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Photos: The Met Gala’s high-risk China-themed red carpet had some very big rewards

Invision/AP/Charles Sykes
Good thing it didn’t rain.
By Jenni Avins
Published Last updated This article is more than 2 years old.

May in New York City is glorious: another hellish winter has melted away, tulips bloom in the city’s parks, and the Mister Softee truck emerges from hibernation. For the fashion set, the season is marked by the Met Gala, which opens the spring fashion exhibit at the Metropolitan Museum of Art.

The gala is not only New York’s most lucrative fundraiser for the arts, it is the single most spectacular red carpet for fashion: a Vogue-sanctioned theme party, where the guests have vast resources and access to the world’s biggest fashion designers.

At the Met Gala, it’s go big or go home, and make no mistake, you will be judged for your efforts.

Despite the omnipresence of Vogue editor-in-chief Anna Wintour—the event’s hostess and mastermind—people still occasionally misstep in their efforts to out-dress one another at the gala. Usually they embarrass only the fashion police, and maybe themselves. Sometimes, they’re even invited back.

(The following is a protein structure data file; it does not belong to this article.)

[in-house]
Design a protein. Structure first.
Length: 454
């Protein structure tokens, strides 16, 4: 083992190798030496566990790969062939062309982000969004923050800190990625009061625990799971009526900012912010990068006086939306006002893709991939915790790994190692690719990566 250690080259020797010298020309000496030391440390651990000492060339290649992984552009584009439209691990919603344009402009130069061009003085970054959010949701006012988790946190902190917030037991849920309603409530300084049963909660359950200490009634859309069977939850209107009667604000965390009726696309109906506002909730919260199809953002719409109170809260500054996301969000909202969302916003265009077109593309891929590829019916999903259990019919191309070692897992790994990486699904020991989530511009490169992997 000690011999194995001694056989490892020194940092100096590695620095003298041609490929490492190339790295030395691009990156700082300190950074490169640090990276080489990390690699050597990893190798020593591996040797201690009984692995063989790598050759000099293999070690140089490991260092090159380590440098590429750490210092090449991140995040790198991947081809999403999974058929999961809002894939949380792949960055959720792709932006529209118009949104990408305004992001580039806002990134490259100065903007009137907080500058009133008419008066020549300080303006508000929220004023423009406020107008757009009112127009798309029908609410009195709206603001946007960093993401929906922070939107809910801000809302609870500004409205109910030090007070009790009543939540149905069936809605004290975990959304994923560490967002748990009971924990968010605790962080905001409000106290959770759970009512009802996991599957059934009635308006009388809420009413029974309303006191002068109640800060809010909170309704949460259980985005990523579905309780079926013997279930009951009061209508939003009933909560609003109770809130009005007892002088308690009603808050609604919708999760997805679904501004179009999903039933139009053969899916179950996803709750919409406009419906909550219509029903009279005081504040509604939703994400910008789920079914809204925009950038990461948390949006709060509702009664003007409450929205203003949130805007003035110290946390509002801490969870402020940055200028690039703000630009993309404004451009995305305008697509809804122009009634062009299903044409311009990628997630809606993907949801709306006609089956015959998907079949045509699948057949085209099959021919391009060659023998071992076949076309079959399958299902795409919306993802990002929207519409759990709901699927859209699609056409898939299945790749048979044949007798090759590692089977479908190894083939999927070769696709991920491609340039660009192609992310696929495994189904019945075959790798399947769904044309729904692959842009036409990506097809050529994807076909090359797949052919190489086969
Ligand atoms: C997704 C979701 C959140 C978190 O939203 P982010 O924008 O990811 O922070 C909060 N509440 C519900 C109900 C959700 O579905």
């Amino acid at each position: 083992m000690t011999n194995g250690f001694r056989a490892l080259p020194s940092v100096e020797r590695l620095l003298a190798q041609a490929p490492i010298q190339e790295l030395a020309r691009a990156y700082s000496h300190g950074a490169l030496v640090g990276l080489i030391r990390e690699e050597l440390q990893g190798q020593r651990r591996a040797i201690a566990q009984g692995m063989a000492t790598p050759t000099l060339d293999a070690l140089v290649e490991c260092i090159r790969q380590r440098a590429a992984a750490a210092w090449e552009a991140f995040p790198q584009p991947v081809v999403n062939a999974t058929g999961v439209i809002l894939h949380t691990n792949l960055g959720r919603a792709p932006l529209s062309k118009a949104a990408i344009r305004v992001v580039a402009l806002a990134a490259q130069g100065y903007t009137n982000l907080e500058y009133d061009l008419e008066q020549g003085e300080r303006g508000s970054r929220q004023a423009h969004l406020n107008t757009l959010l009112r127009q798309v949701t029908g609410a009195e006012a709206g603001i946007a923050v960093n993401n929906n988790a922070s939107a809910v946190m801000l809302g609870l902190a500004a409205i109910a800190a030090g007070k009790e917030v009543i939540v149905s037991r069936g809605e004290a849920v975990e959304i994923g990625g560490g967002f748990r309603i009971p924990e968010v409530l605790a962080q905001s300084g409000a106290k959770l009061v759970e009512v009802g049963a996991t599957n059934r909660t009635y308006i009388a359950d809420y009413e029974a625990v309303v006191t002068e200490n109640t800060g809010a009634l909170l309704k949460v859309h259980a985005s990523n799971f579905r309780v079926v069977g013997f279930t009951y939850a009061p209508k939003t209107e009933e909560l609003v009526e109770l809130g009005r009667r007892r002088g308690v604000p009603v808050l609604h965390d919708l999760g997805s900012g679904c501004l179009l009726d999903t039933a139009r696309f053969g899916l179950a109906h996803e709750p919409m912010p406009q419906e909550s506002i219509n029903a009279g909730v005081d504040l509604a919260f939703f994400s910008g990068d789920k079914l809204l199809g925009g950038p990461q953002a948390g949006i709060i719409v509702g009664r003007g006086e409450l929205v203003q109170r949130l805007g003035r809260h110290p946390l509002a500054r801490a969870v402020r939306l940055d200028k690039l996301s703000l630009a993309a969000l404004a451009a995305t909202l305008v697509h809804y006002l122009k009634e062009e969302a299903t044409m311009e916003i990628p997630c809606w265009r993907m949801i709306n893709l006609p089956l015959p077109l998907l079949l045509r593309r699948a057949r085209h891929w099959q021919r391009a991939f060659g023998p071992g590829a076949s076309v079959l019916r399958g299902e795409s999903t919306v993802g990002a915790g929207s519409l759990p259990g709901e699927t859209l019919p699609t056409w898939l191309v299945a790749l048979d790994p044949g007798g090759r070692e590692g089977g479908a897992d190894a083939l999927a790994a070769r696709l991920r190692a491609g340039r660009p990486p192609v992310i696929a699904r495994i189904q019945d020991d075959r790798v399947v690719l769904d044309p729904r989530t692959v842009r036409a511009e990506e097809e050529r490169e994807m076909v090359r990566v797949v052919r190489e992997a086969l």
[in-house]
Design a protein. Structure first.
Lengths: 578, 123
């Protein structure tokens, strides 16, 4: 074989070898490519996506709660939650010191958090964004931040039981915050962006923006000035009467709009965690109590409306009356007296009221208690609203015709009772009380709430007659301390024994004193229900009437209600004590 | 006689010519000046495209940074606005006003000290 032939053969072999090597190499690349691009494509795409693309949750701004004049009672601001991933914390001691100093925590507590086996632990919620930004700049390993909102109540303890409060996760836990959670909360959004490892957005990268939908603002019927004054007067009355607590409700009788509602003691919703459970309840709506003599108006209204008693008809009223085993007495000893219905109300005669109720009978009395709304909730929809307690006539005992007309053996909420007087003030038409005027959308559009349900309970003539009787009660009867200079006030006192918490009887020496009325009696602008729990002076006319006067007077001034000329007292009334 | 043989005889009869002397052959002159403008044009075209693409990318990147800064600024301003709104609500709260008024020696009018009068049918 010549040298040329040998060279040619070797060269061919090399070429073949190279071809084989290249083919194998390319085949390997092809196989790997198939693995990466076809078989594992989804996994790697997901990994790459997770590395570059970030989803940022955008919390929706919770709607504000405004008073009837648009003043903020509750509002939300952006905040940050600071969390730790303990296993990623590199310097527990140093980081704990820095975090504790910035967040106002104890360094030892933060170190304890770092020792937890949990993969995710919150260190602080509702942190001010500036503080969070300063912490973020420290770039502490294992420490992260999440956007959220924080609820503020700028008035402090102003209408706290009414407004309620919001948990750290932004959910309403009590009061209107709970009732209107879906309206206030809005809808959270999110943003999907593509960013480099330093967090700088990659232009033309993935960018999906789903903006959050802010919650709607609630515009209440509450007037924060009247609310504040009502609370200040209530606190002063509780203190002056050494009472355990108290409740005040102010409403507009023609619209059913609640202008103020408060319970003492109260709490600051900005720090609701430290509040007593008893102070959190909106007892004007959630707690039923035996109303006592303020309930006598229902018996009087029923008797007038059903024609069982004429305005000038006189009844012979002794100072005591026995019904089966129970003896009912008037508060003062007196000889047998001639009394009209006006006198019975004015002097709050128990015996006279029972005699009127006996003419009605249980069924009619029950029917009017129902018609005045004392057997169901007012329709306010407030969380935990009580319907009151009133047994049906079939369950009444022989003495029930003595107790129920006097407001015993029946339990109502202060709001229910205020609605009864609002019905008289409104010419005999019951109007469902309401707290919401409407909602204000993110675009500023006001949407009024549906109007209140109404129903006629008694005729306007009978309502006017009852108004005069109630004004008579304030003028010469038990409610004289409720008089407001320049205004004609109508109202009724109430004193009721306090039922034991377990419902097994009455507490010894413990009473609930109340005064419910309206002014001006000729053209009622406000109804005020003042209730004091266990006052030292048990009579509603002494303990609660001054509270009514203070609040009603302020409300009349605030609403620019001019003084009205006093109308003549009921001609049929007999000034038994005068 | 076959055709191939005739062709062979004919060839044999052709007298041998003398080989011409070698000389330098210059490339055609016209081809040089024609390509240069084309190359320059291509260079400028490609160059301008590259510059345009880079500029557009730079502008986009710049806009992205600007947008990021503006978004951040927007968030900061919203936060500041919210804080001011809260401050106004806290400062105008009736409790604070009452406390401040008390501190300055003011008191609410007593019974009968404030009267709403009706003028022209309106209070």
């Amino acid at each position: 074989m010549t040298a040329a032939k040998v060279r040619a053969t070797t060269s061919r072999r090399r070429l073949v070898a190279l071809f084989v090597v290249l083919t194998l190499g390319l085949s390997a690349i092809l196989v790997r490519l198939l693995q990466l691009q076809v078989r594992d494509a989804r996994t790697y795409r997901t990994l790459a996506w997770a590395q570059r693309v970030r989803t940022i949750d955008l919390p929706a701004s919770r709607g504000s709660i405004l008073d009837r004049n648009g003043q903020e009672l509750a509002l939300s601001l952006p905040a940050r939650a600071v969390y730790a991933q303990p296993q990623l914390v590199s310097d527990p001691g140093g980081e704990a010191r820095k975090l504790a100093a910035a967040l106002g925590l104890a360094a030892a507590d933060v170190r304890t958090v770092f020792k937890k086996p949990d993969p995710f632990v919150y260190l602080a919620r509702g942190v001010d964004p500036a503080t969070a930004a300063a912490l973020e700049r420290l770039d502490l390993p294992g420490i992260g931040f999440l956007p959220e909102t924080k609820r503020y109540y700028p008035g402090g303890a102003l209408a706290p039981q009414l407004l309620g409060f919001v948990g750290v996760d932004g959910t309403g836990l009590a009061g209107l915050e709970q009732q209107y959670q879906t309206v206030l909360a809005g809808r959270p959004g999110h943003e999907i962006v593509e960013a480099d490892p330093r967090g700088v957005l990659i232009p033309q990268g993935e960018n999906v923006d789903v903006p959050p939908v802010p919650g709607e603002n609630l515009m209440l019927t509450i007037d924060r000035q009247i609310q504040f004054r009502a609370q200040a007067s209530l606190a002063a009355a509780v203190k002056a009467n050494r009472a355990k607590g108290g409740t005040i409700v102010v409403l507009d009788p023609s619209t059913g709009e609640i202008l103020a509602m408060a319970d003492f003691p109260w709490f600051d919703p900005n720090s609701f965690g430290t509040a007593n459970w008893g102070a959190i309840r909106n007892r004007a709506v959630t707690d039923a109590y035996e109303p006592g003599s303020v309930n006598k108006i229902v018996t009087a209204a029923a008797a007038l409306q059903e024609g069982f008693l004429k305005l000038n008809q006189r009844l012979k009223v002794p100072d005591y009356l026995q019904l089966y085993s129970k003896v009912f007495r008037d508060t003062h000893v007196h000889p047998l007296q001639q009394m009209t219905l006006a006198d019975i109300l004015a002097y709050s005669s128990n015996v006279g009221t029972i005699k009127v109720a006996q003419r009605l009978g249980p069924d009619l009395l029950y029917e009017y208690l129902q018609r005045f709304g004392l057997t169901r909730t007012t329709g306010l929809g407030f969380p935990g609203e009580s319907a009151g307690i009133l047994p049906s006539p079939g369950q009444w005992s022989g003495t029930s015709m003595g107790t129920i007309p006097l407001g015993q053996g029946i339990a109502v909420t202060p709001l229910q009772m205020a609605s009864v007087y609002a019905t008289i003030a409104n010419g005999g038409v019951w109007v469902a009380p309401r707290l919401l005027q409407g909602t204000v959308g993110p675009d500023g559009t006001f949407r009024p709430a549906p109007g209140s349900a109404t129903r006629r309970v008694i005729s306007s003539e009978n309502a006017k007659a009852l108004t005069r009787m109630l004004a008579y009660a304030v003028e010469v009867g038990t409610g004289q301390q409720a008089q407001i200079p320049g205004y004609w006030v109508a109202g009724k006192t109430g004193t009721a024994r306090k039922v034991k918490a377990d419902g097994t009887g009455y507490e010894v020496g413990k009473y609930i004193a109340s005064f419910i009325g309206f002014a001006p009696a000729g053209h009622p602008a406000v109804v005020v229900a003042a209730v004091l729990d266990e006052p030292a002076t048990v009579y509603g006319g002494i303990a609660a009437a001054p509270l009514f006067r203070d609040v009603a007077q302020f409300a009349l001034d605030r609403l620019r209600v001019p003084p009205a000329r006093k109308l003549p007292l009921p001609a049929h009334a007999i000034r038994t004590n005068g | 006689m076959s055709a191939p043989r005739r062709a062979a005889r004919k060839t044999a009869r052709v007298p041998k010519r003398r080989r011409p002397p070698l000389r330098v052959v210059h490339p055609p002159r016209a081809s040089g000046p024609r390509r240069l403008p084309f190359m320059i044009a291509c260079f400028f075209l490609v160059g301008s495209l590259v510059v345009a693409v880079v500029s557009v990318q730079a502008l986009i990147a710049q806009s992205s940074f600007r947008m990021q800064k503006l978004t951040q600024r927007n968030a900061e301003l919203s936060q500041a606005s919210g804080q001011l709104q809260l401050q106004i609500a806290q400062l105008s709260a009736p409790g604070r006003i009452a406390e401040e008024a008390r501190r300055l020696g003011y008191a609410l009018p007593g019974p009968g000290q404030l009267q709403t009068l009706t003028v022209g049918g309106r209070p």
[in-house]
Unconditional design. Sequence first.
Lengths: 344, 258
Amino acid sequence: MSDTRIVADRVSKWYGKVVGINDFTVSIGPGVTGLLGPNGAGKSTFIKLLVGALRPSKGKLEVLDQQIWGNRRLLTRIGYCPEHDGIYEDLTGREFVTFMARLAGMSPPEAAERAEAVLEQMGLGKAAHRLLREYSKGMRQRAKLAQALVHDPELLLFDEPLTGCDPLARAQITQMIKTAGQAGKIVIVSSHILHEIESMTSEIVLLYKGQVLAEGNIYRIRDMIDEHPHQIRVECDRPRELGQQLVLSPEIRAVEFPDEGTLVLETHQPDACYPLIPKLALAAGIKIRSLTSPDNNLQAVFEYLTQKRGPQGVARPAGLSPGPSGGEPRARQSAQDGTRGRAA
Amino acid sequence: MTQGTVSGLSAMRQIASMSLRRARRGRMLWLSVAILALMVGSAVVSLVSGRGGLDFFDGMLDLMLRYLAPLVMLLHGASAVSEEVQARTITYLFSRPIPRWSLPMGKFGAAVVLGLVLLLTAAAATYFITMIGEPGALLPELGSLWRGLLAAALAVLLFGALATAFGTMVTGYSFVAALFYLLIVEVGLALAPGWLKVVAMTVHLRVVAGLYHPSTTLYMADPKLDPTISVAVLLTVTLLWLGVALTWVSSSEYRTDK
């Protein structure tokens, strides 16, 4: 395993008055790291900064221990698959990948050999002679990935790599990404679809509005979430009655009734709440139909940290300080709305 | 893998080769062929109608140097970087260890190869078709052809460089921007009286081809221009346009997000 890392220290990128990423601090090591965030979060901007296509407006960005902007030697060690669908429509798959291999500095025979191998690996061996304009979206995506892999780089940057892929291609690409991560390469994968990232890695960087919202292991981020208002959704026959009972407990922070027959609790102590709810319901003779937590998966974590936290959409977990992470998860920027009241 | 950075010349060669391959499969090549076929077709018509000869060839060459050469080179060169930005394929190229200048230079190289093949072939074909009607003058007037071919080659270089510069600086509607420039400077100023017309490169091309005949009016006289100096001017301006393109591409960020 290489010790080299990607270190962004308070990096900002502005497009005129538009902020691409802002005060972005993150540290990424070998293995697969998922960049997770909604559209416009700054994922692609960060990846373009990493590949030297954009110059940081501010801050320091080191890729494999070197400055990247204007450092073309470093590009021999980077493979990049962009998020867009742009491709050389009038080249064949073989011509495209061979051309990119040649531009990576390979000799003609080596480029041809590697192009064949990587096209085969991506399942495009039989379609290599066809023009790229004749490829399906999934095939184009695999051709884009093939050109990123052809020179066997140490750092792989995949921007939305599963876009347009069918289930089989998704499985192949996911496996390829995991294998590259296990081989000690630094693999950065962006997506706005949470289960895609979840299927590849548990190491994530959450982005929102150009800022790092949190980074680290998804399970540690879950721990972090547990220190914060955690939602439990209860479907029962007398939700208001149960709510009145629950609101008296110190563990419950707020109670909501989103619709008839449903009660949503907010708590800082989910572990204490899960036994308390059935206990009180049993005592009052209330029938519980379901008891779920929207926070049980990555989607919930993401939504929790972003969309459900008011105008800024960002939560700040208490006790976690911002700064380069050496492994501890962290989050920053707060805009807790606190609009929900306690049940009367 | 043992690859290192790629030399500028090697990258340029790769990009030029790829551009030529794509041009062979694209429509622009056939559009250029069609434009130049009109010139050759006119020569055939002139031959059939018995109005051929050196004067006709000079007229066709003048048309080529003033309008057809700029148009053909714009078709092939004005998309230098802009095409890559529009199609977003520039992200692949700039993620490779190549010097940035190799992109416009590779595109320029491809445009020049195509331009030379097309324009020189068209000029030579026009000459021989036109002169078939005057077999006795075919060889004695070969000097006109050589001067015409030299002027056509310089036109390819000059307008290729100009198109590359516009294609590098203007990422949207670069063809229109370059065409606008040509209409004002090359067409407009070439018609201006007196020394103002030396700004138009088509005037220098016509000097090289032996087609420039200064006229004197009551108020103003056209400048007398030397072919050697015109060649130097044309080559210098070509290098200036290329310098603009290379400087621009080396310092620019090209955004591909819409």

I applaud these high-risk dressers. After all, this is a party for a fashion exhibit, and as Wintour herself has admitted, the typical awards show parade of safe, strapless, mermaid-skirted gowns has become a total snooze. At the Met Gala, it’s go big or go home, and make no mistake, you will be judged for your efforts.

That’s probably why this year’s theme—the influence of Chinese art on western fashion designers—raised a red flag (no pun intended) for politically sensitive spectators. This carpet, they cried, would be a minefield for hideous cultural stereotypes, misinterpretation, and accidental racism. Their concerns were well-founded, but they also made me fear just the opposite: that the guests would be cowed into total safety, integrating the odd bit of red or embroidered silk, tip-toeing past the theme, and up the steps to the Met.

Not so!

What they did instead ranged from an on-target imperial yellow robe (Rihanna) to inexplicable levels of ass-baring (J.Lo, then Beyoncé). It may have been a high-risk theme, but the rewards were nothing short of glorious.